Satan stands ready to tempt unconsecrated persons, and prejudice them against the truth. And those who practice it, and especially those who teach it should be exceeding careful not to give Satan good grounds to tempt people concerning their course. The day of the Lord is the great event before us. The keeping of the commandments of God, and the faith of Jesus is the great duty of God's people. And that they may do this acceptably, they must reform in life, and cleanse them­selves from all filthiness of the flesh and spirit, perfecting holiness in the fear of God. Those who drop all other points, and run their own testimony all on the health, and dress reform, will disgust the people, and before they are a­ware of it, they will introduce a spirit of discussion, and contention into their meetings.

The health reform has not taken the place in any respect whatever, of the third angel's message. It is a work designed to follow in its wake. . . . Let the work go on, saith my soul, in all its branches. Not a piece at a time, lest it go all to pieces; but let it move on as a complete whole. Not fluttering and trembling in the wind, but like an old seventy-four gun ship, let all the friends of truth and reform get on board and work together. Yet let all the friends of Jesus, His coming, and the future glory of the kingdom, patiently, cheerfully, joyfully unite and stand together in the work of preparation.--Review and Herald, March 17, 1868.--­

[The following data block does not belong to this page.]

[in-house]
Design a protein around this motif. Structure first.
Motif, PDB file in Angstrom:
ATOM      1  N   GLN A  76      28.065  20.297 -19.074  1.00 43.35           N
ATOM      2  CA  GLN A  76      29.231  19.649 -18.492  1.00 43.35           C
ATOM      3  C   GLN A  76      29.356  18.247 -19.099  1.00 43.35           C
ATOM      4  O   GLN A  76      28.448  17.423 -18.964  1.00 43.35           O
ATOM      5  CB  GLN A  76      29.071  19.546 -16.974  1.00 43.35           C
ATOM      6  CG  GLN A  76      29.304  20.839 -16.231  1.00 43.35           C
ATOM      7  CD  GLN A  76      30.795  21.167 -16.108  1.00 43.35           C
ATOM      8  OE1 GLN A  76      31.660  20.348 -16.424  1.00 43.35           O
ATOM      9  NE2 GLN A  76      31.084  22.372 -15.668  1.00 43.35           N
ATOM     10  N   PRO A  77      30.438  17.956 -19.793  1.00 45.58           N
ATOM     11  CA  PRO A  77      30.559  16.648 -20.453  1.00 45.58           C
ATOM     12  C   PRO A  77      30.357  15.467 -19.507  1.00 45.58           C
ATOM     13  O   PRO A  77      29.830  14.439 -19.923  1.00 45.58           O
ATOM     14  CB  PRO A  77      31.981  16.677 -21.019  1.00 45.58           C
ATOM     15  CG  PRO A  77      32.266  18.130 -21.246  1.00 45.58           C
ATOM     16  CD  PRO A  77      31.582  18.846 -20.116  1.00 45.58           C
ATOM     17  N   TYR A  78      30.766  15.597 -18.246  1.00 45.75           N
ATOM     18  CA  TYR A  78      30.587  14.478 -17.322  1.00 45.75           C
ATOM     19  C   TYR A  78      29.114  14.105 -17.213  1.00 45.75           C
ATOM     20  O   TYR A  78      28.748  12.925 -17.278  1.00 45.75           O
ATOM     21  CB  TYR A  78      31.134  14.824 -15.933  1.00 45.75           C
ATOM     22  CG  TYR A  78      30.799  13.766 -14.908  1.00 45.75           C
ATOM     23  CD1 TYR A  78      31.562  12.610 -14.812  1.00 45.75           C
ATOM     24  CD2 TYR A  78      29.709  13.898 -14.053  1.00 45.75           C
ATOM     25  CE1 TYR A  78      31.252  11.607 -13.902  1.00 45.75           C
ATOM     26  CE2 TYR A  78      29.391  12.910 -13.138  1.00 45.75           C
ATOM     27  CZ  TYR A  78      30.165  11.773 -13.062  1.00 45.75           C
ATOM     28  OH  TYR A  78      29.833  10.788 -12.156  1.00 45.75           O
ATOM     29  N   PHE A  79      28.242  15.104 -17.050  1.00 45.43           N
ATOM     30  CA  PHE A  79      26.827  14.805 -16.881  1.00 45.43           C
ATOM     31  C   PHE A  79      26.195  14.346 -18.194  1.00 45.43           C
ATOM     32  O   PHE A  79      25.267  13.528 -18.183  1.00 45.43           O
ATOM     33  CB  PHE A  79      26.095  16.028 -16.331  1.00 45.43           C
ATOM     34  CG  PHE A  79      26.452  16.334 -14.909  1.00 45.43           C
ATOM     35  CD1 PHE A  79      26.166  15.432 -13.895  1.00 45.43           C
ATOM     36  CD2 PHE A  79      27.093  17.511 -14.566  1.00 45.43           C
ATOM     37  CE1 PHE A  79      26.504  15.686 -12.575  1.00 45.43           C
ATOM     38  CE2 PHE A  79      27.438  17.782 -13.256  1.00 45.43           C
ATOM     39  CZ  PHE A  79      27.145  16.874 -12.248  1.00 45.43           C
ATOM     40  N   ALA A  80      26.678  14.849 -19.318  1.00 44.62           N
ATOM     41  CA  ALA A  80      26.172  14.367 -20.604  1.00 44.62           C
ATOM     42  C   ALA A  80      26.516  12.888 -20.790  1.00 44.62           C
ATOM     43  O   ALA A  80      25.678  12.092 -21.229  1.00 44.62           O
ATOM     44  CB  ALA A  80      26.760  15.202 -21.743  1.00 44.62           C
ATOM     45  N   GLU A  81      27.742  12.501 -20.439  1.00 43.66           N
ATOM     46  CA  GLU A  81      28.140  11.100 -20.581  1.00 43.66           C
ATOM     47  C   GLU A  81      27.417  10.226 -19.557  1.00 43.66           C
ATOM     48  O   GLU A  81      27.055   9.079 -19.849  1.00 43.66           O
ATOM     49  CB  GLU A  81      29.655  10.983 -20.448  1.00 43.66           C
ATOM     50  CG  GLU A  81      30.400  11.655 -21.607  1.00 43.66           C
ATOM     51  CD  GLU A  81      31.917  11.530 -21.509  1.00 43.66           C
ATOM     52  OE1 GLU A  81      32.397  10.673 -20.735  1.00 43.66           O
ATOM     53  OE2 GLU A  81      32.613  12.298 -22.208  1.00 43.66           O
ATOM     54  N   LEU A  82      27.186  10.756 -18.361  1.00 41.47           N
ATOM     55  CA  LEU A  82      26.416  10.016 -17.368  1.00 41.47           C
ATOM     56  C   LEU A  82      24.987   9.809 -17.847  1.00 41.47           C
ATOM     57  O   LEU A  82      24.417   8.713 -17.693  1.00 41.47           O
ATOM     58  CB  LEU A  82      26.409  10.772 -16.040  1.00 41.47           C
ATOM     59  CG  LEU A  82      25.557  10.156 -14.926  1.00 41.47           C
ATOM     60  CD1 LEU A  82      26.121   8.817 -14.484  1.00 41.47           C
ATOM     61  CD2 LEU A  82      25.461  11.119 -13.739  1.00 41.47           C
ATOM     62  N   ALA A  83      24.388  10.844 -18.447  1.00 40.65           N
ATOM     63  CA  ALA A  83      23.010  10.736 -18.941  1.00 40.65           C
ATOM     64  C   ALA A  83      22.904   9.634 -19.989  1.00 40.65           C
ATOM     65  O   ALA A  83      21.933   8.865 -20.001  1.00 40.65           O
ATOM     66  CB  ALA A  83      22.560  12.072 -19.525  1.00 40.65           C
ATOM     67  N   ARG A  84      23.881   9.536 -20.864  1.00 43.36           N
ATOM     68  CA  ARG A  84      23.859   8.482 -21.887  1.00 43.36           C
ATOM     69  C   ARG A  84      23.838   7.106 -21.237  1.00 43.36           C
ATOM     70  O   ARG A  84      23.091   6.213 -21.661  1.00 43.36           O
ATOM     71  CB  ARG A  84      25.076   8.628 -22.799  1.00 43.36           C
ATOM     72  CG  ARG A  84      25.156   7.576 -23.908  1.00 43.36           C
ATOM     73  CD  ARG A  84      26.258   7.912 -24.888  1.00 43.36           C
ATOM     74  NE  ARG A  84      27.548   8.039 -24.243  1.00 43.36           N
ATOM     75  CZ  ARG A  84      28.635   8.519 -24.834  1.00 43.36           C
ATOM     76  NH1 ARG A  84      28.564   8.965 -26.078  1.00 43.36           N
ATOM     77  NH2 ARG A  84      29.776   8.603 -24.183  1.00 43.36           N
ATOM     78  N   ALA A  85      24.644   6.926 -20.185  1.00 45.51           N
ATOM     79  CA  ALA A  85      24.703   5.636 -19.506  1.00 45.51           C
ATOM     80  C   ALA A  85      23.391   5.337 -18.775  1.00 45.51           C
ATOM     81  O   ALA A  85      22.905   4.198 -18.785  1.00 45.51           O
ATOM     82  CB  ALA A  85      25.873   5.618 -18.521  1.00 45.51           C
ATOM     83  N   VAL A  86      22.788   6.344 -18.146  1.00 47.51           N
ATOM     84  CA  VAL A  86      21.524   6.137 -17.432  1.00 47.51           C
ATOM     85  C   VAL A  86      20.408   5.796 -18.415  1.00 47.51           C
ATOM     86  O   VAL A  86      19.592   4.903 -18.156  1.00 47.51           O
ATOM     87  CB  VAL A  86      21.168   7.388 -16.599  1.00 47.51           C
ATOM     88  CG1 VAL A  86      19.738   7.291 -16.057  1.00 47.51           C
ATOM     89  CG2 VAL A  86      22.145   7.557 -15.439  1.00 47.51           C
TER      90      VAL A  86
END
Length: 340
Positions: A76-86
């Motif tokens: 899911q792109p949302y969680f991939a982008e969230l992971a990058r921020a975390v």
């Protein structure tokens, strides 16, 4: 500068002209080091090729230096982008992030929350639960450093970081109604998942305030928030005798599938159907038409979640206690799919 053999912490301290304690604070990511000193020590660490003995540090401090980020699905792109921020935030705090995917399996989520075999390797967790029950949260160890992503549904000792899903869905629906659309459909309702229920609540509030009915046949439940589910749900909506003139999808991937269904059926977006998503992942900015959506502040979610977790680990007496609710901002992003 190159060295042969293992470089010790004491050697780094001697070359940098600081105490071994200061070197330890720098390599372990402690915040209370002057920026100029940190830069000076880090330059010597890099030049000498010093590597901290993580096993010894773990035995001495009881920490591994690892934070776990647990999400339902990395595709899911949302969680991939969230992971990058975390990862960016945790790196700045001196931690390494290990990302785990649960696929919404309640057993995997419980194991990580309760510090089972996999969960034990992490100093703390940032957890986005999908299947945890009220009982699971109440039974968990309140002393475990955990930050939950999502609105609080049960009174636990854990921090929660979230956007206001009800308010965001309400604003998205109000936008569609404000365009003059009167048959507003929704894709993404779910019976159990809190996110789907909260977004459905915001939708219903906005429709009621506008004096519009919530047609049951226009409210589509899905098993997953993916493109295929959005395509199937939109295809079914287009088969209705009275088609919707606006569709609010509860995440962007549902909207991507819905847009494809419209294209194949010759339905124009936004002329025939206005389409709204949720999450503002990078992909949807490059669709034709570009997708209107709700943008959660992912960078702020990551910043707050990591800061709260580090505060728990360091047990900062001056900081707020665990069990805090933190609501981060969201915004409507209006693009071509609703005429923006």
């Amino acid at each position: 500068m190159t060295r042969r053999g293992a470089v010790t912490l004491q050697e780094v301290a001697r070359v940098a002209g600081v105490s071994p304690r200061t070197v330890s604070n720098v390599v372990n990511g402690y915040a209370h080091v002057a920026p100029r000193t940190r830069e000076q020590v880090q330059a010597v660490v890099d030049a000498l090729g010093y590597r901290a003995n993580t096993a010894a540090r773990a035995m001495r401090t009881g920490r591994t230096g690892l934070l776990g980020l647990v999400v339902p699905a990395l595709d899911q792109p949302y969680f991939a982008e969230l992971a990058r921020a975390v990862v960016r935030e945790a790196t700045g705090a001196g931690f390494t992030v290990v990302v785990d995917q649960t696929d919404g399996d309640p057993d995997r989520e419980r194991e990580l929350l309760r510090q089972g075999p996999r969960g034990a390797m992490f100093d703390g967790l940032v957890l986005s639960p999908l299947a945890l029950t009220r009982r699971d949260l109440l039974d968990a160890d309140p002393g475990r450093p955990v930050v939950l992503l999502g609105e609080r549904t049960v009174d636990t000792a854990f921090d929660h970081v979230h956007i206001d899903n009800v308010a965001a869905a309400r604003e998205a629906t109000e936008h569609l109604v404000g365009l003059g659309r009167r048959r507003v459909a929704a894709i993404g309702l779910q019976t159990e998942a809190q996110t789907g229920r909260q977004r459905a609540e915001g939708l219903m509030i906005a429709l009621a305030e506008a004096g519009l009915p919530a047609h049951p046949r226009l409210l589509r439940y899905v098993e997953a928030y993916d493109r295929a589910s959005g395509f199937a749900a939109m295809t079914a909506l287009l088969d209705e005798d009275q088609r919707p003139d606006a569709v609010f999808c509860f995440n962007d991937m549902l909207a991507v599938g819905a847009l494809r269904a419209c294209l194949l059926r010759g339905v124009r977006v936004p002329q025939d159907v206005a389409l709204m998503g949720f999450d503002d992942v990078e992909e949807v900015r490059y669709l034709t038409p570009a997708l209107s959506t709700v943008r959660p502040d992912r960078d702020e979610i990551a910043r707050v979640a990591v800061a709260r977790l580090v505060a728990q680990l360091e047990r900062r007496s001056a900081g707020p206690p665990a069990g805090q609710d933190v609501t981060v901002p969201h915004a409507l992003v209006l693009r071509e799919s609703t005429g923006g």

Ellen G. White Estate Washington, D.C. January 1969